Britain revokes Thaksin’s visa

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By Tim Johnston in Bangkok and George Parker in London

Published: November 9 2008 11:13 | Last updated: November 9 2008 16:45

The British government has revoked the visa granted to Thaksin Shinawatra, the former prime minister of Thailand, who had taken refuge in England after being charged with corruption this year.

Mr Thaksin, a telecoms billionaire and one-time owner of Manchester City Football Club, was thrown out of office in a military coup in 2006. He returned to Thailand briefly early this year but he fled bail in August when it became clear that corruption charges against him, which he believes are politically motivated, would not be dropped.

British officials on Sunday confirmed that Mr Thaksin’s visa had been revoked because his “circumstances had changed” since he was first granted papers to enter the UK. Jacqui Smith, the home secretary, took the decision personally, but a Home Office spokesman declined to comment further on Mr Thaksin’s case.

Thai media at the weekend published a message apparently sent late last week by a Bangkok-based UK Border Agency official, Andy Gray, telling airlines that Mr Thaksin’s British tourist visa, along with that of his wife, Potjaman, had been revoked.

Thailand’s Supreme Court tried Mr Thaksin in absentia last month on charges of breaking conflict-of-interest laws on a property deal his wife sealed while he was prime minister. He was found guilty and sentenced to two years in jail.

Thailand’s attorney general had said that he would seek Mr Thaksin’s extradition from the UK to serve his sentence, but legal experts have said they had little chance of succeeding.

Although the former prime minister has issued a number of statements from his house in Surrey, there has been no suggestion in the public domain that he has broken British law.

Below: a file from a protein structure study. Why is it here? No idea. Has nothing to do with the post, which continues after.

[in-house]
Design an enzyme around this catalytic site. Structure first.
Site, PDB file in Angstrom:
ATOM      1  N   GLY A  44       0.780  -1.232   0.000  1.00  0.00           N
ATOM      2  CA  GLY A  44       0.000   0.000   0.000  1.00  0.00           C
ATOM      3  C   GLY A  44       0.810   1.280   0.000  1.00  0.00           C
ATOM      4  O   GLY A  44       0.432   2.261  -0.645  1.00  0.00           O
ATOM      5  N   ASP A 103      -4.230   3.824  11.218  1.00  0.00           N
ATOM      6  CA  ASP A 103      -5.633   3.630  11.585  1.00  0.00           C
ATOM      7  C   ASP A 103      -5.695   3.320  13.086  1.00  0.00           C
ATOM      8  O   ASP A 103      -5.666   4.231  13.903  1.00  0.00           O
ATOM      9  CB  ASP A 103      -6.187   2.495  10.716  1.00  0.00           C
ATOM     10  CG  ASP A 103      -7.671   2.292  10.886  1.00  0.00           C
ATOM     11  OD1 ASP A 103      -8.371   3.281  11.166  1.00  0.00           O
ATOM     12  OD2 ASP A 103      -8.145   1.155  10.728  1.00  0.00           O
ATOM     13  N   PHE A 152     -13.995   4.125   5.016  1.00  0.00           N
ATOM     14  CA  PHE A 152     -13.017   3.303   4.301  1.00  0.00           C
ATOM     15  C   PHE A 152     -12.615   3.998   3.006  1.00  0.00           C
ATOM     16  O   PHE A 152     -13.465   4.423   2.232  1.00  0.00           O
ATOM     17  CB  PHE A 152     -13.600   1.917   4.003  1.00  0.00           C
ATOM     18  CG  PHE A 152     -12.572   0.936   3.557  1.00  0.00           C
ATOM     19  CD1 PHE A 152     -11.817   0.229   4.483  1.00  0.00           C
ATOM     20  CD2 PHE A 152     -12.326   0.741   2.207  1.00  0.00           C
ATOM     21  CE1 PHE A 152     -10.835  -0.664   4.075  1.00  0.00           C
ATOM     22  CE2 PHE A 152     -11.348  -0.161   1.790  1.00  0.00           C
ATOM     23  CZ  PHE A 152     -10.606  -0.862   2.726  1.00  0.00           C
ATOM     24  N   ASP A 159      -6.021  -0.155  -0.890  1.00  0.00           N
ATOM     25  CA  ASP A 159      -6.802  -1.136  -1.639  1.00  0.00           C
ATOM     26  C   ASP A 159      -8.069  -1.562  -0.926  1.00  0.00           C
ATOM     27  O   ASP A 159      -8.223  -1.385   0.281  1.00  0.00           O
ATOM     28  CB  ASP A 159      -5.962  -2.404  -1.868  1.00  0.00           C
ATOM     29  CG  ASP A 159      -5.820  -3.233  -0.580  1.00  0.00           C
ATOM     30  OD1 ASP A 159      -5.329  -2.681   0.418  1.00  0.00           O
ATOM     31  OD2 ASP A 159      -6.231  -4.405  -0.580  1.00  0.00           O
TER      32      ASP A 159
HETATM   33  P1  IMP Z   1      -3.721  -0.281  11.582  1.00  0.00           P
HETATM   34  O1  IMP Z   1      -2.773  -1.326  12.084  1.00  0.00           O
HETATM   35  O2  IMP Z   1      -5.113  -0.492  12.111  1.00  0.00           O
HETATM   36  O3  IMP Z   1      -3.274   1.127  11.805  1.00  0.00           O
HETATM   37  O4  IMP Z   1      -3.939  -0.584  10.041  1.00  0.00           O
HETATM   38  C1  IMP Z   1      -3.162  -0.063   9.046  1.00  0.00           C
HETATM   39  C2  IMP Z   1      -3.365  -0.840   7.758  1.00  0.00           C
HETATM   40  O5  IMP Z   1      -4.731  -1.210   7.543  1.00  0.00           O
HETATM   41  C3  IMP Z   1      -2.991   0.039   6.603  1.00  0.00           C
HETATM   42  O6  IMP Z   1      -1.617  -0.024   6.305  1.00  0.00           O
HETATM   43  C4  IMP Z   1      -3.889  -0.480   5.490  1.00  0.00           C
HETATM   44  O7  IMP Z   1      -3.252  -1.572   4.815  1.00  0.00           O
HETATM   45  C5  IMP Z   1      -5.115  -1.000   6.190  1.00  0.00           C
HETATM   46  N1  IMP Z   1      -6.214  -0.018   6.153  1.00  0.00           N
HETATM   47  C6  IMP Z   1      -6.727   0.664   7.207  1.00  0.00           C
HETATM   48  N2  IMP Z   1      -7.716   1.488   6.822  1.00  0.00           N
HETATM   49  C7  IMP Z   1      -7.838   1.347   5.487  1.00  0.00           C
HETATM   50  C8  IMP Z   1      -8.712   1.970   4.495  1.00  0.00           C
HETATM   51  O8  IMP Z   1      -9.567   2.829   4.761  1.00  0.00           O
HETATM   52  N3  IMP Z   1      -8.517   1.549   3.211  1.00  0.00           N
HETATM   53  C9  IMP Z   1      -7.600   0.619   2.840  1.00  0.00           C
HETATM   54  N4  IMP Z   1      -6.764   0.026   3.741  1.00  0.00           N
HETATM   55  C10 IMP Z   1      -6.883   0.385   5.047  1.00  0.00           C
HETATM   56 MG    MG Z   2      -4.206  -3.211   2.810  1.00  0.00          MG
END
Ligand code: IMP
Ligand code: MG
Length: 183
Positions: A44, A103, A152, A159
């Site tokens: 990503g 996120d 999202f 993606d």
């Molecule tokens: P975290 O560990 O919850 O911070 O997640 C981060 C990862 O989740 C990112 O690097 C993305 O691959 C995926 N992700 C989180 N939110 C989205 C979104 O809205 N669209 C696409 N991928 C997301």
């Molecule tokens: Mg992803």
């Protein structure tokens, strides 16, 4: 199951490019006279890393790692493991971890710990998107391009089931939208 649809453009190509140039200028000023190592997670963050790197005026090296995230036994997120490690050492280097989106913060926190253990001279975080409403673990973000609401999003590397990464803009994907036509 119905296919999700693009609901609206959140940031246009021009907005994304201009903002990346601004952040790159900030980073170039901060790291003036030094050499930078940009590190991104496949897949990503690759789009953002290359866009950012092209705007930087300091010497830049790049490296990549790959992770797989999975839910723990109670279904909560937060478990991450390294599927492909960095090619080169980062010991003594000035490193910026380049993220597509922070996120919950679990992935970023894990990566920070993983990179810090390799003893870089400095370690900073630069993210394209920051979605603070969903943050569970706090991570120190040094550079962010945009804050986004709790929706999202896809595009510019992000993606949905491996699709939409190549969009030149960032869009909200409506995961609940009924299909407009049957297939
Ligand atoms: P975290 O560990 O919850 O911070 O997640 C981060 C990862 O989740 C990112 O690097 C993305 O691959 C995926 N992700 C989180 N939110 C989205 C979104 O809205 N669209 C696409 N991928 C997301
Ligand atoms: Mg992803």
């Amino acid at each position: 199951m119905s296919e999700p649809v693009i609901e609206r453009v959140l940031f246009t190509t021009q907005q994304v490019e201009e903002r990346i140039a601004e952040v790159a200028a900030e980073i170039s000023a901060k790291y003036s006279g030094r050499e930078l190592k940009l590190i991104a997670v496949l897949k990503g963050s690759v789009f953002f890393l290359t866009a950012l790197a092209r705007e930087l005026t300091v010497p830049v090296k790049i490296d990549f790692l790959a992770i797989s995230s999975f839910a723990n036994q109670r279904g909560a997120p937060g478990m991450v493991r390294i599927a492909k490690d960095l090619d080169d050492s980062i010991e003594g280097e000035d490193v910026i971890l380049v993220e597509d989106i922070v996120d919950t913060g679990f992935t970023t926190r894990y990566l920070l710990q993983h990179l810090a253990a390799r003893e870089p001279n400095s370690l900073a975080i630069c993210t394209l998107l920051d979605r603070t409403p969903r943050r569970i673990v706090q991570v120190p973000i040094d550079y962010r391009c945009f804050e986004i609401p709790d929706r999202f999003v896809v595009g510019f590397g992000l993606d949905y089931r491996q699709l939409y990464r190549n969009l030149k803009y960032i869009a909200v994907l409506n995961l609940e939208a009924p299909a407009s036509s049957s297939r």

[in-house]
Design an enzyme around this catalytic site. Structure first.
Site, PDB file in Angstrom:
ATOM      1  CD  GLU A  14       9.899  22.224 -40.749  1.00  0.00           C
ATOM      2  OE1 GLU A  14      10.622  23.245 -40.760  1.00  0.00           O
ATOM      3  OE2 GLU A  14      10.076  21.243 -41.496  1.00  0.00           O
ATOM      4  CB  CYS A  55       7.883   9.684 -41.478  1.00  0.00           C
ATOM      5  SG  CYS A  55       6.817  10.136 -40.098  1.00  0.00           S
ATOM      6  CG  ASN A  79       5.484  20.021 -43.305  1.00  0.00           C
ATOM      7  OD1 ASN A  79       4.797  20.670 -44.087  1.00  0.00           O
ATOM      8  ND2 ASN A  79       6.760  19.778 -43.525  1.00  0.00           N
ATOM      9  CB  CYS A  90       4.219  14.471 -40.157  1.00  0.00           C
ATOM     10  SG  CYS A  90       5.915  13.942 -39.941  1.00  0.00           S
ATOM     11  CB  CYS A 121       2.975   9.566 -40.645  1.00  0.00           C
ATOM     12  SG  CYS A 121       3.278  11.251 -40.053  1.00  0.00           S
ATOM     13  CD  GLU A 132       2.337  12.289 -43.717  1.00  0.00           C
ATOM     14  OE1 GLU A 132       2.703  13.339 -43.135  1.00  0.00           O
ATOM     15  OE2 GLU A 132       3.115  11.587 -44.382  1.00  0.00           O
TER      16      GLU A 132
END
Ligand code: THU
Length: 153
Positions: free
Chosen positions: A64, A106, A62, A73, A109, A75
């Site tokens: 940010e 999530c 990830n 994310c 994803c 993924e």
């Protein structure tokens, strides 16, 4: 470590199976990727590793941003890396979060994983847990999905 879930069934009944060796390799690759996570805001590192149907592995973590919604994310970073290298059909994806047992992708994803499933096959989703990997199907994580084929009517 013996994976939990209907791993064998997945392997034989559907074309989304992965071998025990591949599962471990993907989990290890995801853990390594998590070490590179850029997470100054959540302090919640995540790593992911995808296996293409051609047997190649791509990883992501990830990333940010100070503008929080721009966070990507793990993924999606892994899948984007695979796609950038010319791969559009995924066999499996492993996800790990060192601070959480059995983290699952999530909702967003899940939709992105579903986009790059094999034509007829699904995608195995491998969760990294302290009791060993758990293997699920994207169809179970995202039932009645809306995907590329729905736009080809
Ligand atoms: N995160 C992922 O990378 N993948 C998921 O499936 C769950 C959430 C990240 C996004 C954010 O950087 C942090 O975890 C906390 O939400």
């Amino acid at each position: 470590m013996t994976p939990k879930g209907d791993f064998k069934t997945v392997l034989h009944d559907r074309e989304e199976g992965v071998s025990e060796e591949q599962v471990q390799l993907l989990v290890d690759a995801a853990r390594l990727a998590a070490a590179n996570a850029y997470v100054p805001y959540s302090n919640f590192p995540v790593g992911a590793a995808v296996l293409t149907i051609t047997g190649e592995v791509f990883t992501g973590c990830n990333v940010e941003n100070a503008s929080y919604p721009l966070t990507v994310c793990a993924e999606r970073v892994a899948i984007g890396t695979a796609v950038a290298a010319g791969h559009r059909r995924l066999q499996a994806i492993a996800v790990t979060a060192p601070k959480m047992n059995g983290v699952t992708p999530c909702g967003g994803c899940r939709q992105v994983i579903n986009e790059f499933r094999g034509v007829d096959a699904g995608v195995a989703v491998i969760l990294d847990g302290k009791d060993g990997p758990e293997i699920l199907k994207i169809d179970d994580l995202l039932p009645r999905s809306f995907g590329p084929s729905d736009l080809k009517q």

Mr Thaksin stands at the heart of the stalemate that has paralysed Thai politics for more than three years.

A thin-skinned populist with an authoritarian streak, he won two straight elections in 2001 and 2005. But in doing so he upset decades of political status quo by courting the vote of Thailand’s largely marginalised rural poor and that, combined with an impression that he was using his office to enrich himself, led to a backlash which culminated in the military coup.

But his opponents had reckoned without the continuing support of rural Thais, who benefited from cheap government loans and healthcare provided by Mr Thaksin, and who voted his allies back into office when the military called elections late last year.

Copyright The Financial Times Limited 2008

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  1. Great Britan
    model of demoracy with King
    Today, what’ s up to them.
    Afraid to power of small troops
    and Junta of Siam.
    to minimize value of democracy.
    I very sorrow to the brave of England navi
    who troop to many place of the world
    to free them from Junta and black power.
    But today ,who wasting it.?

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